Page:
People who receive opioid substitution therapy to manage drug addiction are more likely to be on antiretroviral treatment and achieve an undetectable HIV viral load, according to study findings published in the journal AIDS. “These findings are encouraging and support calls for greater integration of OAT [opioid agonist treatment] and...
The amount of SARS-CoV-2 antigen measured in the blood of patients hospitalized with COVID-19 is associated with illness severity and other clinical outcomes, according to a new study published in the Annals of Internal Medicine. Following the ACTIV-3 trial of COVID-19 therapeutics in people hospitalized with COVID-19, researchers from the...
Latina and Black women are less likely to have surgery for uterine fibroids, according to a recent study. Uterine fibroids are noncancerous growths found in the uterus. Treatment becomes necessary when patients experience heavy bleeding or pelvic pain. Surgeries include a myomectomy, which removes only the fibroids, and a hysterectomy, which removes the uterus. Both options can be performed in a minimally invasive way through small incisions in the abdomen or the vagina. When performed in this manner, neither procedure requires an overnight hospital stay.
On August 31, the Food and Drug Administration (FDA) authorized updated COVID-19 boosters from Pfizer-BioNTech and Moderna that are a better match for the current circulating coronavirus strains. The Centers for Disease Control and Prevention (CDC) has updated its vaccine recommendations to include the new boosters. The updated bivalent, or...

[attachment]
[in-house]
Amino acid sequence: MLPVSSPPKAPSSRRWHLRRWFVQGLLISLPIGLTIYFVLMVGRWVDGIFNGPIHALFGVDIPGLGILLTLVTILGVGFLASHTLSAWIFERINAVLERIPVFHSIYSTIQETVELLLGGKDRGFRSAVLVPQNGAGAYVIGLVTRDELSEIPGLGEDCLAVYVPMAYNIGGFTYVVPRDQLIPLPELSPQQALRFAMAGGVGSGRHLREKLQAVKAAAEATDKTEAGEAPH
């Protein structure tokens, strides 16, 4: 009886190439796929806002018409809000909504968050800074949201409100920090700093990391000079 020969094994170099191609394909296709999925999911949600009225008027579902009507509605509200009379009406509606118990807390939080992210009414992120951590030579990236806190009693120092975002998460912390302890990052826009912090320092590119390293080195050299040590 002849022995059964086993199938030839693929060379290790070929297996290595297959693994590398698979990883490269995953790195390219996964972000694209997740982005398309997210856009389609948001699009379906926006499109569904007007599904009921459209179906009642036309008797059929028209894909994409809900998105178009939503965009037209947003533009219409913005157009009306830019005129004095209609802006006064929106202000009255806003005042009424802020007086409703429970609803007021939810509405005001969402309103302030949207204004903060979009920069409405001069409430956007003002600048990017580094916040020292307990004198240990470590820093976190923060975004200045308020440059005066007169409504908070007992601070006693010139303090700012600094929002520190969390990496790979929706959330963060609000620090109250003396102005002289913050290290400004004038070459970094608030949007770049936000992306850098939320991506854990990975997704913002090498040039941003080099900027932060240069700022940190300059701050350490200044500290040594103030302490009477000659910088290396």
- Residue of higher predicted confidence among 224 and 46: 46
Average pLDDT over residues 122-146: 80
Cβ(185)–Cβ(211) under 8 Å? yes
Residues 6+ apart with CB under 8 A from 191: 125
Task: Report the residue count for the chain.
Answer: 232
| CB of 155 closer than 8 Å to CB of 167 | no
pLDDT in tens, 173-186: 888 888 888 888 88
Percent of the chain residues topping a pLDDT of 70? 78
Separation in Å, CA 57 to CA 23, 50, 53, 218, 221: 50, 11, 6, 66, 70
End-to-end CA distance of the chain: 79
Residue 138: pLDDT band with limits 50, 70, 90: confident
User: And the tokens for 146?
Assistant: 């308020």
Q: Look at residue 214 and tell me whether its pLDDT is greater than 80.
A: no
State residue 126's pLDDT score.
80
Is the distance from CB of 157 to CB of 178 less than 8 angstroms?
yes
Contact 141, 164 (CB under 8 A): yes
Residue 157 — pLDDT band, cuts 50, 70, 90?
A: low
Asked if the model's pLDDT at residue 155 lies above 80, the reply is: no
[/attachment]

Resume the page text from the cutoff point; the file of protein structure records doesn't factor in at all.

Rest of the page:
Sunday, September 18, marks National HIV/AIDS and Aging Awareness Day 2022 (searchable on social media as #HIVandAging or #NHAAD). Launched in 2008 by The AIDS Institute, the day shines a light on the growing number of people aging with HIV as well as those diagnosed with the virus later in life.
A recent study adds to existing evidence that consumption of artificial sweeteners may negatively impact one’s health. The study, published in British Medical Journal, involved over 100,000 French adults and found that those who consumed large amounts of aspartame had a higher risk for stroke compared with those who didn’t consume the sweetener. Aspartame is an artificial sweetener sold under the brand names Equal and NutraSweet and may be found in candy, diet soda, yogurt and cereals. More than half of the participants’ daily aspartame intake was consumed via soft drinks and sweetened dairy products.